At a time when the NHS is looking at ways to deliver better and more integrated care while reducing costs, this model offers an interesting and innovative approach to look at.
When thinking of successful international examples of integrated care, Germany may not automatically spring to mind due to the institutional fragmentation of its health and care system. Despite this, a number of local health economies in England have identified Germany’s Gesundes Kinzigtal model as one to look at and draw inspiration from in their development of new models of integrated care.
Located in Baden-Württemberg in southwest Germany, and more precisely in the Kinzig river valley, the Gesundes Kinzigtal system is one of the few population-based integrated care approaches in Germany. The system was developed around ten years ago through a partnership between a network of local physicians and a management company, which decided to create a regional integrated care management company (called Gesundes Kinzigtal GmbH) with the aim of providing better, more integrated and more efficient care for the local population.
In a country which has an insurance-based system (rather than a tax-funded one, as in the NHS), a key pillar of this model is the relationship between the integrated management company and local statutory health insurers (the equivalent of our local commissioners). More specifically, since 2006, Gesundes Kinzigtal GmbH has held long-term contracts with two German non-profit sickness funds (AOK and LKK), offering their members (around 31,000 people) enrolment in the integrated care system.
These contracts are based on a shared health gain approach which focuses on the principle that enhancing patients’ self-management capabilities, in combination with health promotion and prevention programmes, will lead in the mid-term to improved population health in comparison with normal care. In economic terms, this health gain should result in more savings than the German standard, with the resulting benefits being shared between the sickness funds and Gesundes Kinzigtal GmbH.
This approach puts significant emphasis on prevention and health promotion programmes, with the overall objective of improving population health and quality of life. This involves running health literacy and healthy lifestyles programmes for specific groups of the population, with particular emphasis on chronic conditions and specific risk groups, such as residents of nursing homes, the elderly, smokers, people at risk of osteoporosis and people with depression.
Furthermore, the scheme supports active membership in sports and gym clubs through vouchers and membership discounts, programmes for health promotion at work, health promotion activities in schools and ‘patient university’ classes consisting of regular health education and patient counselling presentations by medical experts.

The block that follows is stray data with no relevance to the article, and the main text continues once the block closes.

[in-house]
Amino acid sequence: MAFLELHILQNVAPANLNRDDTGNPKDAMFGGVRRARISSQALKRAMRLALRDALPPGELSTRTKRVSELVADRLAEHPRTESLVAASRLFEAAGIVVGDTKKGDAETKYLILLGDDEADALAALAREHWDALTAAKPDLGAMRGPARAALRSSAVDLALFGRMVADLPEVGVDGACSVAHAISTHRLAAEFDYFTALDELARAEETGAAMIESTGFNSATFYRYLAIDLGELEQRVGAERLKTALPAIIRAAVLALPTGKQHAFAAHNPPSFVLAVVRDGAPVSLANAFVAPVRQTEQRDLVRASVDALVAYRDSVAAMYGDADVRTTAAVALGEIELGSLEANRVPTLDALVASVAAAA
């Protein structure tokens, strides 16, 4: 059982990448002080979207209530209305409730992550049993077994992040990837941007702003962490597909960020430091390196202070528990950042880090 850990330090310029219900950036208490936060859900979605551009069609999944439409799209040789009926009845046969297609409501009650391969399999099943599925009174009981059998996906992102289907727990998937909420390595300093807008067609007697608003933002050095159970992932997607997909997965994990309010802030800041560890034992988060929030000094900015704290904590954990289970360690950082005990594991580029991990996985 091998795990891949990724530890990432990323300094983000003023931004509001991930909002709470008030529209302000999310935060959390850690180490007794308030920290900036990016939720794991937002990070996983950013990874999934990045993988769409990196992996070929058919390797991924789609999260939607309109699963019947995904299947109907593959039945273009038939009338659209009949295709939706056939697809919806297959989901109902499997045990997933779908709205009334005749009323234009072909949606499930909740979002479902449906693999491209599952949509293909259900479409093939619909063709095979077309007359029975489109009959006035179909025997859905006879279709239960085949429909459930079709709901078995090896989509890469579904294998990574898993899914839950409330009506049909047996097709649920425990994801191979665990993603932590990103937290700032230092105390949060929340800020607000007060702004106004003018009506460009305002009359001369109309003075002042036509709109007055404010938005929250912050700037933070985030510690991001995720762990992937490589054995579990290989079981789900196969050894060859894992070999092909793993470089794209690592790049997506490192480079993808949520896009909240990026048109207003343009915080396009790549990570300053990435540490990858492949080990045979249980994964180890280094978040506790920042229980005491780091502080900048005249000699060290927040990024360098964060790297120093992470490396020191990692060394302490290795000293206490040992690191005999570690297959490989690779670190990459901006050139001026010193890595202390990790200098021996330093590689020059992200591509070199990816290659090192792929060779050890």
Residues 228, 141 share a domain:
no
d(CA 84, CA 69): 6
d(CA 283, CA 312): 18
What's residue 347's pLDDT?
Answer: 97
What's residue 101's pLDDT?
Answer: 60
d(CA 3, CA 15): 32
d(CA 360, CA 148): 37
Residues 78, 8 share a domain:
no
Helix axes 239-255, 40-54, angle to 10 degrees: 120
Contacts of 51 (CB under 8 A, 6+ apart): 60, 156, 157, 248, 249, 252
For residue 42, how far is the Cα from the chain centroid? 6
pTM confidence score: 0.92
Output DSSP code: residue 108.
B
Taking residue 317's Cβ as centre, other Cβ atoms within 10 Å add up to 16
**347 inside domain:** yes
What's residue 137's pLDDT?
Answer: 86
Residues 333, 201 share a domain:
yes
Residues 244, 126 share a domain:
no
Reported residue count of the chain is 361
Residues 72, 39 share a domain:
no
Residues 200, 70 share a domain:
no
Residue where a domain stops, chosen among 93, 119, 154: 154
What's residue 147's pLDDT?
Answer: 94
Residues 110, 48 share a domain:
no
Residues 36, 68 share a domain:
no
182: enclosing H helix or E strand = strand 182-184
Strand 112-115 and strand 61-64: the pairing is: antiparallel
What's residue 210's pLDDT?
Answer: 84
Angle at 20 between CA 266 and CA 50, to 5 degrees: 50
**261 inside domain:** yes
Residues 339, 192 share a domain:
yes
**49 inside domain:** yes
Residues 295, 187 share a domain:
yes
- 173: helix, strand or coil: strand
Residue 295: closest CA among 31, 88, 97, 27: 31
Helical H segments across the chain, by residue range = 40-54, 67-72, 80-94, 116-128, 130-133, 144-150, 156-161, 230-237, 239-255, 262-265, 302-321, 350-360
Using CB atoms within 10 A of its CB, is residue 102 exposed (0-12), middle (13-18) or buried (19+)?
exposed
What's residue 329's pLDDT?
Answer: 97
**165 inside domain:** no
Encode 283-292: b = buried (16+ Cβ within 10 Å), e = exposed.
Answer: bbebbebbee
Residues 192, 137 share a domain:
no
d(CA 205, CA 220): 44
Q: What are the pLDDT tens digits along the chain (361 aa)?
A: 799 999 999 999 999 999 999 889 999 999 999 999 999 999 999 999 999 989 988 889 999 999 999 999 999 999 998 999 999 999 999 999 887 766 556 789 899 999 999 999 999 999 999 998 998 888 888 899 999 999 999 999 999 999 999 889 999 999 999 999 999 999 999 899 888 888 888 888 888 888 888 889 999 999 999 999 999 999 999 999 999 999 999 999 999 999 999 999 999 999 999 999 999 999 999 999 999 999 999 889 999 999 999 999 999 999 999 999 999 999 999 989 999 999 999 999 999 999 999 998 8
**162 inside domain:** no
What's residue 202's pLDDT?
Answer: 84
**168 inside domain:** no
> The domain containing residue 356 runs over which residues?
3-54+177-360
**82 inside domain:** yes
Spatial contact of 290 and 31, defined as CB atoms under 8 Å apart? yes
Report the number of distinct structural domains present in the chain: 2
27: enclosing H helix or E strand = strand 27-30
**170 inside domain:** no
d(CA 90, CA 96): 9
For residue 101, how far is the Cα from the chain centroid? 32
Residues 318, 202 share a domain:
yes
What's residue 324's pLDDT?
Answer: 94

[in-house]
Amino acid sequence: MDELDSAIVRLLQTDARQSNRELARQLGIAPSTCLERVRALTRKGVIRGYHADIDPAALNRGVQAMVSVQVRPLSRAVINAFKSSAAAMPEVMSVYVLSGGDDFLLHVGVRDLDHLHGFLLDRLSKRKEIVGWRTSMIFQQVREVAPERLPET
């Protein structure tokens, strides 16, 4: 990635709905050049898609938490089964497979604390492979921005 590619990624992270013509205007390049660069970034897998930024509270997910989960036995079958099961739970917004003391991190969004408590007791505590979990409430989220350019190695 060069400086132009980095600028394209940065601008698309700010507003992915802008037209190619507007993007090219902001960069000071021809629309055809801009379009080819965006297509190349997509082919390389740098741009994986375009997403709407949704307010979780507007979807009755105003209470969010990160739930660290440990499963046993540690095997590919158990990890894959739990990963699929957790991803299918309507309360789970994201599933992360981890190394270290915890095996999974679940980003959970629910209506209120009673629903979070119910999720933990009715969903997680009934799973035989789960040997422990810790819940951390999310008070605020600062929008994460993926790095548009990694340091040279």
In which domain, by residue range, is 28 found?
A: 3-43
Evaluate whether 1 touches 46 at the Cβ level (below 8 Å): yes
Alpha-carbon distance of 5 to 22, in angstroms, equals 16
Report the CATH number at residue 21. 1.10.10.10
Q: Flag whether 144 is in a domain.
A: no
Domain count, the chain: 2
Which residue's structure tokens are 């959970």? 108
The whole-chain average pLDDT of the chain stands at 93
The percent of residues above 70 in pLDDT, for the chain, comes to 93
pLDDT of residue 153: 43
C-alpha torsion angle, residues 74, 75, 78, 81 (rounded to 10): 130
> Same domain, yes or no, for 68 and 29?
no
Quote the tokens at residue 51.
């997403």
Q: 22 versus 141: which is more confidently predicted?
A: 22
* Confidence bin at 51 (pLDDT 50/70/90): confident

This focus on public health is complemented by a patient-centred approach in the provision of healthcare, with individual treatment plans agreed jointly between doctors and patients, and with a named doctor or other health professional, of patient choice, taking responsibility for ensuring seamless care for the patient, including follow-up care and rehabilitation after hospital discharge.
This integrated care approach has been possible thanks to Gesundes Kinzigtal GmbH holding ‘virtual accountability’ for the healthcare budget for the population group, and through its negotiation of cooperation contracts with a range of local providers that have agreed to adhere to a set of guiding principles, standards and procedures. An integrated IT system supports this collaborative approach allowing electronic access to patient data, with patient consent.
An evaluation of this model has shown it has led to improved health outcomes, better patient experience and reduced costs. If we take, for example, 2012 as a year of reference, the scheme generated a saving of around 7 per cent against the population budget for members of one of the sickness funds, compared with a group of its members from a different region. This equates to a saving of €4.6 million for the 31,000 affiliated in the Kinzigtal region. One of the main drivers of this saving relates to reduced emergency hospital admissions compared to other regions. The existing contract for the Gesundes Kinzigtal integrated care model will run until the end of 2015, but given its success, one of the two sickness funds has already committed to extend the contract for an unlimited period and to expand it to other regions.
The success of this model relies on its combination of logistical re-engineering of care processes, IT integration, public health and prevention measures, and importantly, on the alignment of the financial interests of payers and providers in the system.
At a time when the NHS is looking at ways to deliver better and more integrated care while reducing costs, this model offers an interesting and innovative approach to look at. This is why the NHS European Office is holding discussions with Gesundes Kinzigtal GmbH on a programme of peer links and collaborations with NHS leaders who are currently developing new models of care.
Elisabetta Zanon is director of the NHS European Office, part of the NHS Confederation. Follow the organisation on Twitter @NHSConfed_EU
International models of care
Discover more about other international models of care in Elisabetta's series of blogs on international examples:
- What can we learn from Germany’s experience of hospital chains?
- Improving hospital efficiency is a European challenge
- Is Sweden’s model of integrated care a beacon of light for the NHS?
- The Alzira model gives us a great deal to think about
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